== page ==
It's easy to forget, but ever election cycle, presidential campaigns assure anyone who will listen that they are, in fact, certain to win. Whether they actually believe this is irrelevant -- candidates and their aides always make this bold prediction with great confidence to reporters, donors, and supporters, usually with a straight face.
The trick, of course, is to take the bravado with a grain of salt. Some seem to have forgotten this detail.
As Jon Chait explained, he shouldn't -- the bluster is a "bluff."
Romney is carefully attempting to project an atmosphere of momentum, in the hopes of winning positive media coverage and, thus, creating a self-fulfilling prophecy.
Over the last week, Romney's campaign has orchestrated a series of high-profile gambits in order to feed its momentum narrative.... [T]he widespread perception that Romney is pulling ahead is Romney's campaign suckering the press corps with a confidence game.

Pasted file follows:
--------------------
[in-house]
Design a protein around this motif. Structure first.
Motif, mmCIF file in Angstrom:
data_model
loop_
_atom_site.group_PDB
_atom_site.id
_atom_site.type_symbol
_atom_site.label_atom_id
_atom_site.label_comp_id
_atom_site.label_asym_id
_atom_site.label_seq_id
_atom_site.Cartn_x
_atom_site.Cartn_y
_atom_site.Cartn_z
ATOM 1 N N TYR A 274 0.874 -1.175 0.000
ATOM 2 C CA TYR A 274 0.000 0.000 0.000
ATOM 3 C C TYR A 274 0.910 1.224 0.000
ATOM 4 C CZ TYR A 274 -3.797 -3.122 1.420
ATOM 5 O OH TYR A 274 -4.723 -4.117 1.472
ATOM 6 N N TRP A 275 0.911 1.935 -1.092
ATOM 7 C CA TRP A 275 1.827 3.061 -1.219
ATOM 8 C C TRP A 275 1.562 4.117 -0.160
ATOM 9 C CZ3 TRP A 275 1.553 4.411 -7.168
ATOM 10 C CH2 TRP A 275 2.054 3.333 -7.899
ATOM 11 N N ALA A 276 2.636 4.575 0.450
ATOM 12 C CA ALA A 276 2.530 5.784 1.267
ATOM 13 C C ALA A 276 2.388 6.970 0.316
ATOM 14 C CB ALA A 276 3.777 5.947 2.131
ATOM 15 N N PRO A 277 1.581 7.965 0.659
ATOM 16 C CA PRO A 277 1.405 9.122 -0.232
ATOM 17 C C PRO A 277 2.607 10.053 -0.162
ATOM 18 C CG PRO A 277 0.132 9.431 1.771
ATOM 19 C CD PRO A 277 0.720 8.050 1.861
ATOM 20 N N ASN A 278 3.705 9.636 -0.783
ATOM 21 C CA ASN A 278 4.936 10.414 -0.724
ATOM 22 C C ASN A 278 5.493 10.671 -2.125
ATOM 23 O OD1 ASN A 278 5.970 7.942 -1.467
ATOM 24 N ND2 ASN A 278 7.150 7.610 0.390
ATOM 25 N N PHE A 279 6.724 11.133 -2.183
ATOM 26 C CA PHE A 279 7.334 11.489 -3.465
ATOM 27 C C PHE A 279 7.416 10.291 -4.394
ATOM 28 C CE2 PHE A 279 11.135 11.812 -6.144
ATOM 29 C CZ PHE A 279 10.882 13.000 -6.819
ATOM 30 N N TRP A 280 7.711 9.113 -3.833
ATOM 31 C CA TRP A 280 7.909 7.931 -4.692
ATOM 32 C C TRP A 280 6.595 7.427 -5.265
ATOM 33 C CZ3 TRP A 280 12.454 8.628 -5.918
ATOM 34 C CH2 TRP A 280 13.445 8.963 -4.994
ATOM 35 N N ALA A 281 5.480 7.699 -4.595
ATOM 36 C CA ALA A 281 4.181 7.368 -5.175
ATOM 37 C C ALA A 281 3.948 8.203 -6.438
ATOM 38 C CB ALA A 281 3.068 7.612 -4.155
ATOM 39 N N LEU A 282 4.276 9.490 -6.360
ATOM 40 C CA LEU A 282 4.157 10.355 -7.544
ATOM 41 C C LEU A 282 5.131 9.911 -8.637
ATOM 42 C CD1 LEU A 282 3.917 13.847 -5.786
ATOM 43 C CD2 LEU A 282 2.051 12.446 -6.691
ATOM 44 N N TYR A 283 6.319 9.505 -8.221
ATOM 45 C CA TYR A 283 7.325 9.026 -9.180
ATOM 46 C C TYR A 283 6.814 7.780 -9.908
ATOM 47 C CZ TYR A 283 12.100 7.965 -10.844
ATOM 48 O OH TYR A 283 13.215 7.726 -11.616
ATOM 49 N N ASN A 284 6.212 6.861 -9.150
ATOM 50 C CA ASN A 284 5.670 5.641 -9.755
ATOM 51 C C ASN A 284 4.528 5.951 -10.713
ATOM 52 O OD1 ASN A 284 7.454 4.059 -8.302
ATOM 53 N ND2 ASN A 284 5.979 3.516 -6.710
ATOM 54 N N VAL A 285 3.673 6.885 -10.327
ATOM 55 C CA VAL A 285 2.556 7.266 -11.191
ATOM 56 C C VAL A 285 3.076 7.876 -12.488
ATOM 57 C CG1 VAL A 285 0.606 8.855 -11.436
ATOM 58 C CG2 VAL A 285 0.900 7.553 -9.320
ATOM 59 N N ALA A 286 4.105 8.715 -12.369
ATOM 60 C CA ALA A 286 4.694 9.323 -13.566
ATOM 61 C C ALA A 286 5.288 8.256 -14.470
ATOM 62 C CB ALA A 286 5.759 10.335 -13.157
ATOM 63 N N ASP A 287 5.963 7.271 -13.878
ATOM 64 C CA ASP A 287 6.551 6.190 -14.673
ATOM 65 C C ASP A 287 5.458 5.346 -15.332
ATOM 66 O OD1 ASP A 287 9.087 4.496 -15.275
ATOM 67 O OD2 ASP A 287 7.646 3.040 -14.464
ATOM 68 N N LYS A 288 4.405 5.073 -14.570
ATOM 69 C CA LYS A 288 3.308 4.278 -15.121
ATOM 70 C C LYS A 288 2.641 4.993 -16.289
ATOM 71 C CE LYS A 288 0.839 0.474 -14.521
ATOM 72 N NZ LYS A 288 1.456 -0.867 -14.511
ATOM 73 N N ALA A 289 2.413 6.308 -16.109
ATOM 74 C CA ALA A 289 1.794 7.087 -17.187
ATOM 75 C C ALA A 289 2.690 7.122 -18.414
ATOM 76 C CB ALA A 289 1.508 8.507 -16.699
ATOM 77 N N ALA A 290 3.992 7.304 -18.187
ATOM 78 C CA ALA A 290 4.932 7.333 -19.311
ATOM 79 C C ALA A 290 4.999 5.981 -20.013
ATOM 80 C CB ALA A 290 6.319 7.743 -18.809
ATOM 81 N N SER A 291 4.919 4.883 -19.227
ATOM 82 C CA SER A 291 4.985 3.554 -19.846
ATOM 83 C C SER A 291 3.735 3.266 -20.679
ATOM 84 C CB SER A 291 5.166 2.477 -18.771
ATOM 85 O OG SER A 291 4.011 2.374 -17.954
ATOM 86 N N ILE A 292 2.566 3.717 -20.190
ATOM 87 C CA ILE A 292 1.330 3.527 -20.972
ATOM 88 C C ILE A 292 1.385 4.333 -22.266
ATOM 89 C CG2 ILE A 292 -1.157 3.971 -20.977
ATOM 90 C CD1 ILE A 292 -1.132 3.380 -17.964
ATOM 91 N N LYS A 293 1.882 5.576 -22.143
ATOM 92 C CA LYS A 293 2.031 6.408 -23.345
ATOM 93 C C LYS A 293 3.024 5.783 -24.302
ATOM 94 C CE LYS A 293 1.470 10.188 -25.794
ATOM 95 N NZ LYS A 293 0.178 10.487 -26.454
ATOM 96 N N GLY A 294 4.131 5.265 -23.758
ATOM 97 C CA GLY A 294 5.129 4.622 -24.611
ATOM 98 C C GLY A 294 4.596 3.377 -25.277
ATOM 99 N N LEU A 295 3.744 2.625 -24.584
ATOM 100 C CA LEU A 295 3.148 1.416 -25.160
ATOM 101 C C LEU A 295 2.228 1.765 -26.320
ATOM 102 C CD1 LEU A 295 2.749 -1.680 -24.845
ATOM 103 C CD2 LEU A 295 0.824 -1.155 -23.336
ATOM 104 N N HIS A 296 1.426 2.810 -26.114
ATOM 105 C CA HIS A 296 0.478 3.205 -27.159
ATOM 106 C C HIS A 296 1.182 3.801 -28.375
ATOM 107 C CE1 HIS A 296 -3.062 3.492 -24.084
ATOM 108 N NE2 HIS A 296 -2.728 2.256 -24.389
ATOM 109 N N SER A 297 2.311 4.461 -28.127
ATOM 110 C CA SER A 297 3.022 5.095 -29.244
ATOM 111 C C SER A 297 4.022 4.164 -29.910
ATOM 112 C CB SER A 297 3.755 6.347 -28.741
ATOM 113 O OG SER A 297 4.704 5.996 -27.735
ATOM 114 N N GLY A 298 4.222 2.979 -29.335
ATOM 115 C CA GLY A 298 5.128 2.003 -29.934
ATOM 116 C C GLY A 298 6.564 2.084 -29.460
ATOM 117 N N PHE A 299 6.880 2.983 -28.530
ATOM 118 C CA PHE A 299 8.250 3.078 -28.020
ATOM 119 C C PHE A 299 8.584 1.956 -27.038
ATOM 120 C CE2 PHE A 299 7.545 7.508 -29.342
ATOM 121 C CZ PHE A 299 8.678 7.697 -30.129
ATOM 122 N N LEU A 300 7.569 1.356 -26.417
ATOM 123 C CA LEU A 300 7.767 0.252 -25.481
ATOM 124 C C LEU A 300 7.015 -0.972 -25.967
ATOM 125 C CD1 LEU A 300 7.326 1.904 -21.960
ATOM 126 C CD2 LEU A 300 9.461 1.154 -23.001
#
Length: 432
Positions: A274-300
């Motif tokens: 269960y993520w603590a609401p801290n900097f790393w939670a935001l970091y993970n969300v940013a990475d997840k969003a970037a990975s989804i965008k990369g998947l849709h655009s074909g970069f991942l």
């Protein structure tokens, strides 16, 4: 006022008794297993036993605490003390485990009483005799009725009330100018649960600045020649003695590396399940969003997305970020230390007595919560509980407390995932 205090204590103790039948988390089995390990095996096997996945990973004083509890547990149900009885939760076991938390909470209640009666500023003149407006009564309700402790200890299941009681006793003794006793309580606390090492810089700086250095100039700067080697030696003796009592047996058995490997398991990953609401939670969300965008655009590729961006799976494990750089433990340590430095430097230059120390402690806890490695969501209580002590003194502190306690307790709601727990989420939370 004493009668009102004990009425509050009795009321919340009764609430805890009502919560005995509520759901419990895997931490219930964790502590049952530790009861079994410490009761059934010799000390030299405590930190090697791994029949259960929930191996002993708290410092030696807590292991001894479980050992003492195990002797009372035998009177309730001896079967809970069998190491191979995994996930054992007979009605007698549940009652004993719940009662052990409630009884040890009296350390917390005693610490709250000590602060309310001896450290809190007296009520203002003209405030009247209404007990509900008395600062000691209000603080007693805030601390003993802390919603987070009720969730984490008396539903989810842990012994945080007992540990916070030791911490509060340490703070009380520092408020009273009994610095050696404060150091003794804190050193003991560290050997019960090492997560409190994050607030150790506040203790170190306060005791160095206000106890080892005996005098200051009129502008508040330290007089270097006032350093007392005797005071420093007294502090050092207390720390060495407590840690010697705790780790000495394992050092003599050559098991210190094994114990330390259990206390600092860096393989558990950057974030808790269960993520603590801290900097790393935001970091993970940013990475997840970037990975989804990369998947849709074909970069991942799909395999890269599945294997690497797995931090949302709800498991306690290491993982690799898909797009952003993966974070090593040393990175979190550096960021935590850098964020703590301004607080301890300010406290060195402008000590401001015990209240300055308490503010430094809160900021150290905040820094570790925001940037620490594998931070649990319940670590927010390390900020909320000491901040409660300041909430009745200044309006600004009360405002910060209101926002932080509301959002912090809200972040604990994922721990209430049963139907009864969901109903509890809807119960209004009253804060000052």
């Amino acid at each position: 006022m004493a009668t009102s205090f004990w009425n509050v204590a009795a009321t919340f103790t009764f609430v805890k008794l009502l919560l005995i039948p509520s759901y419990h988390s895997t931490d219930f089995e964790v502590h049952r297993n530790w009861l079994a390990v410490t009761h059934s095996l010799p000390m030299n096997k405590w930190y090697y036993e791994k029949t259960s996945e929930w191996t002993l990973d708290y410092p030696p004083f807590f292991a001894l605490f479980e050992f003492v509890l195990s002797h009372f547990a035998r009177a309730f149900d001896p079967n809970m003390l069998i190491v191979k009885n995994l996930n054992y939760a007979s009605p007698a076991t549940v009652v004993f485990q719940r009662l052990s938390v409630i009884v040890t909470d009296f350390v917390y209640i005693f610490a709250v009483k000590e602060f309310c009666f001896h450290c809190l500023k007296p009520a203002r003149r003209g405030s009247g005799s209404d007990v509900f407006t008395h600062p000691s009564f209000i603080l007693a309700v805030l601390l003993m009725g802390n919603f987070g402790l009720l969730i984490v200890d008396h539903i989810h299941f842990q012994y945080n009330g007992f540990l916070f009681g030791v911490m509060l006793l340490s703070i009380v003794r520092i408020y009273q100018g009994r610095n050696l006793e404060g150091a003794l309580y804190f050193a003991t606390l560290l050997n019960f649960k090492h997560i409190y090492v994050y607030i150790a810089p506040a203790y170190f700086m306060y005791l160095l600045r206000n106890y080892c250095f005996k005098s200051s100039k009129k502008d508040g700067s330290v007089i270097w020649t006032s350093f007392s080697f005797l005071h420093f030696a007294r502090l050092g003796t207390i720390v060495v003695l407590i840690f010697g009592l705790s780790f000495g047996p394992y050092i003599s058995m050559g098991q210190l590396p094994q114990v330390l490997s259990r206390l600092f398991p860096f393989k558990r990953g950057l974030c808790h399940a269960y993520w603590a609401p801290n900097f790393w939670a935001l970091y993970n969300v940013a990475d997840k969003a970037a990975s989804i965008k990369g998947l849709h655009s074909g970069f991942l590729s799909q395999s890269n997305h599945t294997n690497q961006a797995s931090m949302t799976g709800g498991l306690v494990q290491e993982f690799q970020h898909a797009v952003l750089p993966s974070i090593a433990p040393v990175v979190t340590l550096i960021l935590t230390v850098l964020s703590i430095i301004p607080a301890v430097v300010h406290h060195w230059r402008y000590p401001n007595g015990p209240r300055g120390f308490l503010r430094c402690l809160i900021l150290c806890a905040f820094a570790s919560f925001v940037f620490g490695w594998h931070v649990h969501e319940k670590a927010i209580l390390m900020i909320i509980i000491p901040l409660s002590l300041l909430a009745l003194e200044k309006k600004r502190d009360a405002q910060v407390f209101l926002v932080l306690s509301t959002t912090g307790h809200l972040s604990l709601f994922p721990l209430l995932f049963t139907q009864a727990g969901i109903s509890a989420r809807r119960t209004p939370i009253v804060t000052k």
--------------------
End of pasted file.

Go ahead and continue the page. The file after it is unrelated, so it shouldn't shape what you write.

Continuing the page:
Folks who followed the 2000 race closely may recall Karl Rove's "inevitability" gambit. At the time, Bush/Cheney aides told reporters the ticket had already locked up 320 electoral votes and success was inevitable. The tactic was meant to demoralize Democrats, reassure Republicans, and persuade reporters -- most of whom already hated Al Gore -- to cover the race through a Bush-is-a-winner-with-momentum lens.
Yes, Bush was ultimately inaugurated, but he lost the popular vote and needed five justices on the Supreme Court to stop a vote-count in Florida in order to win. "Inevitability" was a con the political world fell for 12 years ago, so Team Romney is trying it again, and with two weeks to go, it's already starting to work on some reporters.
For the record, Romney may very well end up winning. President Obama is probably a very slight favorite at this point, but it's easy to imagine the challenger doing just well enough to succeed. The candidates and their aides sound confident, but they have to sound confident; it's part of the game.
As an objective matter, the notion that Romney has the wind at his back and his cruising towards victory is kind of silly, and it's the kind of hype media professionals should consider suspect.